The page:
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Nanostructured multifunctional systems for drug release through the nasal route applied on glioblastoma treatment

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Natália Noronha Ferreira Naddeo
Total Authors: 1
Document type: Doctoral Thesis
Press: Araraquara. 2020-05-23.
Institution: Universidade Estadual Paulista (Unesp). Faculdade de Ciências Farmacêuticas. Araraquara
Defense date:
Advisor: Maria Palmira Daflon Gremião; Fátima Baltazar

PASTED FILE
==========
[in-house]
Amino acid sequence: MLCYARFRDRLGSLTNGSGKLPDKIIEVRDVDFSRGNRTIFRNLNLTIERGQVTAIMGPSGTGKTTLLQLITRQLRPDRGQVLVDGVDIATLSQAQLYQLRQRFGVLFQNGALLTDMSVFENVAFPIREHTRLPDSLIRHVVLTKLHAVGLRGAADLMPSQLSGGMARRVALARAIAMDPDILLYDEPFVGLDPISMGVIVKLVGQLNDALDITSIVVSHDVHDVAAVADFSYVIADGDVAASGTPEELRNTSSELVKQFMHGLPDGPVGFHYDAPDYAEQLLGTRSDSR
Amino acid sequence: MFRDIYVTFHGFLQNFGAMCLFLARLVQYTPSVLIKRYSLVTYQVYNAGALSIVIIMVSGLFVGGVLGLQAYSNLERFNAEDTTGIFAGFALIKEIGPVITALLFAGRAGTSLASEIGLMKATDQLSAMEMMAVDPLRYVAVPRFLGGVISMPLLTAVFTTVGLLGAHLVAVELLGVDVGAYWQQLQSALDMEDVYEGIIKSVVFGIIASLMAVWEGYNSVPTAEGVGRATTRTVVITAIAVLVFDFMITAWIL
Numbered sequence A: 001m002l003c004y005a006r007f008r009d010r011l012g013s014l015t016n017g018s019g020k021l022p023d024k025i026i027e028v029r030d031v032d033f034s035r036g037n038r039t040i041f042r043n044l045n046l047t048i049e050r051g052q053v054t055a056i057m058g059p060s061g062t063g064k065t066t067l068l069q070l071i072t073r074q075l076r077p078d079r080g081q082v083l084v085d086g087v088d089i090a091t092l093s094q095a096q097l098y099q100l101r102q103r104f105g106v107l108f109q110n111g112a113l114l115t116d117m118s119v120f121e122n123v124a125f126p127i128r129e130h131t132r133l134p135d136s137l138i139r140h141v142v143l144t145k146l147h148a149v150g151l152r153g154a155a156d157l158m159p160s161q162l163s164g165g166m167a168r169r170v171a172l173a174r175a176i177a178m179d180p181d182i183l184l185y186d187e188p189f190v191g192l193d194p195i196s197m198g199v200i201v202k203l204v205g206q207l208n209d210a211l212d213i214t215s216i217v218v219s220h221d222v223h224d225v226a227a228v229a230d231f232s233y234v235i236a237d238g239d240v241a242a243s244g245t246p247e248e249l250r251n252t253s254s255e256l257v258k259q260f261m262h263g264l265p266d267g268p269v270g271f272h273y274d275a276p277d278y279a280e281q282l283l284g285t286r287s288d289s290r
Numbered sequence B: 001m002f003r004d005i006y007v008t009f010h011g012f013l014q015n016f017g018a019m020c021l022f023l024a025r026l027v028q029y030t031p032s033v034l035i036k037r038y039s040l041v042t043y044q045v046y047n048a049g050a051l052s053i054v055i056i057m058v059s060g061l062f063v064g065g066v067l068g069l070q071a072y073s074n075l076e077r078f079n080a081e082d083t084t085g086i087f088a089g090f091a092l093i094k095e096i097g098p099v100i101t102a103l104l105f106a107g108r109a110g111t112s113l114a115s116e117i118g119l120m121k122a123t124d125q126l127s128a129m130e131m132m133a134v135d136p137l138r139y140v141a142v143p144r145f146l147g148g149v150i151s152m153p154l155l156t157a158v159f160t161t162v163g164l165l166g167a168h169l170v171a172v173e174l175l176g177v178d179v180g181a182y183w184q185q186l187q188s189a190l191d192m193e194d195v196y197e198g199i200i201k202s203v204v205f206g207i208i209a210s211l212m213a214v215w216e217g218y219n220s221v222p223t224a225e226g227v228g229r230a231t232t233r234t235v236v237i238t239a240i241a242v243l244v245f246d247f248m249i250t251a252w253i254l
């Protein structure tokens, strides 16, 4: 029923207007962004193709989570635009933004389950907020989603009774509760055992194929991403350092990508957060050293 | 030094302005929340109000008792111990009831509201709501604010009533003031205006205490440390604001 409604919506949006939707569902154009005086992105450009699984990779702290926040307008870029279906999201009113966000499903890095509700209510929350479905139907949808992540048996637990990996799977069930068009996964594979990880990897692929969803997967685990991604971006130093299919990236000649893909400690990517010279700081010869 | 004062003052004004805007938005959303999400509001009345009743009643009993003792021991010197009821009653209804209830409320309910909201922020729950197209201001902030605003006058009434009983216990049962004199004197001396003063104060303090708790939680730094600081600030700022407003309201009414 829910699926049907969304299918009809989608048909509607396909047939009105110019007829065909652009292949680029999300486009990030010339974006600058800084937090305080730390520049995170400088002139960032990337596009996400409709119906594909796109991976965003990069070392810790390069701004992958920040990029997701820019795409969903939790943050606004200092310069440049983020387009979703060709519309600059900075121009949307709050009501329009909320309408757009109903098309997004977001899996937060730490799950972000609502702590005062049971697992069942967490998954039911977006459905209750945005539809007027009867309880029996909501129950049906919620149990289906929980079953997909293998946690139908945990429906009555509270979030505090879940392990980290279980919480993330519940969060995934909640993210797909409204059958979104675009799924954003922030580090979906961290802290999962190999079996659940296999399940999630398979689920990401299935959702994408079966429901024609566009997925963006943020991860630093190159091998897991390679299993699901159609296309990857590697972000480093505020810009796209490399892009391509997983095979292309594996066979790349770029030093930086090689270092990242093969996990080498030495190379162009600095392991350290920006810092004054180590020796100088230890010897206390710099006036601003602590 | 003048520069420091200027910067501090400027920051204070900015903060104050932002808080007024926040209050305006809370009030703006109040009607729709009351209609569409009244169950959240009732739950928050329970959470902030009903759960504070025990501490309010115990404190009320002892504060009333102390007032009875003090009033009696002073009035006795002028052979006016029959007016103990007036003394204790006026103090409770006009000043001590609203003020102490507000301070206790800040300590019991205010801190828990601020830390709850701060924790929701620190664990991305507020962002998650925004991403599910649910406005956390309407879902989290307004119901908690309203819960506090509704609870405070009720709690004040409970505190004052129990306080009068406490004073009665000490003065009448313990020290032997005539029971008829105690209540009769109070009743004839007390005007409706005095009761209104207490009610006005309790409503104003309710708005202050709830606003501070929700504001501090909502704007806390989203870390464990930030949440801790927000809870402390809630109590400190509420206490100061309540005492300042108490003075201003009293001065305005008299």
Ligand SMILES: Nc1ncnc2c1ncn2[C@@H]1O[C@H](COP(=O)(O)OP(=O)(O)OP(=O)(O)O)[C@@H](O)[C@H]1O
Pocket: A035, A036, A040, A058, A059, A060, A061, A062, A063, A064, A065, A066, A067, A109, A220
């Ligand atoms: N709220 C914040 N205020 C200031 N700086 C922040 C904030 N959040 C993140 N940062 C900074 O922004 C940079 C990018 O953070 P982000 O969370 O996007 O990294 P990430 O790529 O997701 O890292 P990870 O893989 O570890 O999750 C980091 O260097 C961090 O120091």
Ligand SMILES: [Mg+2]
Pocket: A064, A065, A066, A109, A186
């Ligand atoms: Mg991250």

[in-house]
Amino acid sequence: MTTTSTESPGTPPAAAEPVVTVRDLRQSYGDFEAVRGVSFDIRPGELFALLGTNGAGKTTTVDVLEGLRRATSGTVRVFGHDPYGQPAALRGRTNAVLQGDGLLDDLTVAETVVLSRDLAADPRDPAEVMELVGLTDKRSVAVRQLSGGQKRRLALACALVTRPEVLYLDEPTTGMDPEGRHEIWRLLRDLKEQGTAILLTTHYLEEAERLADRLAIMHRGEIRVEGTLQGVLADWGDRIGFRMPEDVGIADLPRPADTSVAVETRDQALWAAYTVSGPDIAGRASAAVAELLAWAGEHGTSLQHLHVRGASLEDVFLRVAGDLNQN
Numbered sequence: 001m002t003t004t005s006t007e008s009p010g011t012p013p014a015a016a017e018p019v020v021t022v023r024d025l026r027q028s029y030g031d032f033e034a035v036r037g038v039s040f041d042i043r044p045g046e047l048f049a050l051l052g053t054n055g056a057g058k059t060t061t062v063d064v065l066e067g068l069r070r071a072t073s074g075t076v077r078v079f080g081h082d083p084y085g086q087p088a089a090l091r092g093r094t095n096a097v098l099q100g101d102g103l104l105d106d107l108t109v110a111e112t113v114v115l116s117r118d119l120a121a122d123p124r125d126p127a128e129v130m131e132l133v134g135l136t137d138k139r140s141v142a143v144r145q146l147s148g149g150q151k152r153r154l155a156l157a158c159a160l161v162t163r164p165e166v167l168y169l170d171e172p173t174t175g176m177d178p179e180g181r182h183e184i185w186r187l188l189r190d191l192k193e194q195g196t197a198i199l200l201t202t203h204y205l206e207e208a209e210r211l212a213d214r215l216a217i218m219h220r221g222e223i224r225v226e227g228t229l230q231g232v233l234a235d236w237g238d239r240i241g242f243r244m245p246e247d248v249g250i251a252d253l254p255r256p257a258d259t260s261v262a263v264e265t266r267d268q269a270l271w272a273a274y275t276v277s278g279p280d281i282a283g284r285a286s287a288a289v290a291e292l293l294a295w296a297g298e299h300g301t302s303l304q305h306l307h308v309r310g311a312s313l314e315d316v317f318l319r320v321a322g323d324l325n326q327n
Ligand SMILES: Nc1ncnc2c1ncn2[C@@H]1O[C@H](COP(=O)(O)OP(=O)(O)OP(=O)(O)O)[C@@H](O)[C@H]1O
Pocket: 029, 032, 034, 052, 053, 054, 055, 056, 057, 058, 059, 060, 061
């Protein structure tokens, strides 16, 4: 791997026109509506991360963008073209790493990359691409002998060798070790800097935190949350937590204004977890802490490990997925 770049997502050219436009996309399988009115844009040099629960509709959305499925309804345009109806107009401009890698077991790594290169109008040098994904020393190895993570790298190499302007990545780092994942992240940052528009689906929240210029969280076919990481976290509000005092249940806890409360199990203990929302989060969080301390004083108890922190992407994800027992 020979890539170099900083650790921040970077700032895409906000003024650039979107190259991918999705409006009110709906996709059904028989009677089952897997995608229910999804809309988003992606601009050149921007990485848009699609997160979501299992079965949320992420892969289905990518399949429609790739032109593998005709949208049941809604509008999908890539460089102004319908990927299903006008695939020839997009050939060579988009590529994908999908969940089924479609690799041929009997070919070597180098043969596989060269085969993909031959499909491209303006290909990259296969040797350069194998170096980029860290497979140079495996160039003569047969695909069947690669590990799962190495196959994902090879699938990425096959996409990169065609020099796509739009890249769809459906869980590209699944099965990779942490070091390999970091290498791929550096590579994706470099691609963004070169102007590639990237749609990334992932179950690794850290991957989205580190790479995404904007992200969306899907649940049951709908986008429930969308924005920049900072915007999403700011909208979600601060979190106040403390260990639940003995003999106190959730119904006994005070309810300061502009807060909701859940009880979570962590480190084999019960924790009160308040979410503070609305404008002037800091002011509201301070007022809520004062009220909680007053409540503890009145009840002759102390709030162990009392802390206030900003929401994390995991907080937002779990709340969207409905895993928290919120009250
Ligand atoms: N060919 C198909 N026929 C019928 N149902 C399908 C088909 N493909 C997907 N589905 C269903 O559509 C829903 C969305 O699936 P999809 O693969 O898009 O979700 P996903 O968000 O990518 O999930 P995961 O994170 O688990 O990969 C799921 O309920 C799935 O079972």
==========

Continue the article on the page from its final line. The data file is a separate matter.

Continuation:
Glioblastomas (GBM) account for 77% of malignant tumors in the central nervous system (SNC), and today, despite all advances in therapy, remains with a limited prognosis. The existence of physiological barriers as the blood brain barrier (BBB) represents the main obstacle that limits appropriate concentrations of drugs designed to therapy. Due to their anatomical advantages, a strategy proposed for direct delivery to SNC involves the use of the nose-to-brain route. Besides, combination therapy that uses multiple drugs against different molecular targets should be considered for complex diseases such as GBM. Drugs like alpha-cyano-4-hydroxycinnamic acid (CHC) and the monoclonal antibody cetuximab (CTX) are already explored for their capacity to act against different hallmarks of cancer and applied together, as a novel combining approach, might improve therapeutic outcomes. Therefore, advances in nanotechnology-based delivery systems will inevitably bring therapeutic gains to the proposed combination since they enable acquisition of important characteristics desired and also the association of different drugs into a single carrier. Thus, the current study proposes the development of different polymeric platforms based on poly(lactic-co-glycolic acid) (PLGA) and trimethyl chitosan (TMC) /chitosan oligosaccharide (OCS) for CHC encapsulation. Both CHC-loaded developed systems (PLGA/TMC and PLGA/OCS) exhibited nanostructure organization of about 300 to 400 nm, containing chitosan on their outermost surface (positive zeta potential) and a high percentage of CHC encapsulation (±85%). Physicochemical characteristics have shown great colloidal stability, especially in the presence of CHC drug. DRX data suggest that interaction between CHC and PLGA/OCS NPs follows patterns different than PLGA/TMC NPs. Conjugation between CTX and developed CHCloaded NPs was optimally obtained by supramolecular forces and covalent bonds, resulting in 85 and 58% of efficacy, respectively. Analysis of therapeutic efficacy using in vitro protocols employing U251 and SW1088 glioma cell lines, established that, comparing both conjugated systems, PLGA/OCS seems to have greatly therapeutic capacity. Therefore, this system was chosen to further investigations. Blot analysis confirmed that CTX associated with NPs continues to exert its therapeutic efficacy. Analysis of antiangiogenic activity, tumor development, and progression using the chicken chorioallantoic membrane disclosed a trend of tumor reduction when conjugated NPs were employed. In addition, this system also exhibited antiangiogenic activity. In vitro release profile showed that CHC release was sustained and retarded by drug encapsulation into NPs. The ex vivo permeation study applying nasal porcine mucosal showed that CHC permeation was delayed by the inclusion of system complexity. Analysis of NPs delivery using fluorescence tomography provides evidence that the developed PLGA/OCS NPs, independently of conjugation procedure,were effective in providing nose-to-brain transport. Taking into consideration all of the aforementioned results, we anticipate that the developed system exhibited a set of favorable attributes that make them promising alternatives to be further considered in GBM treatment. (AU)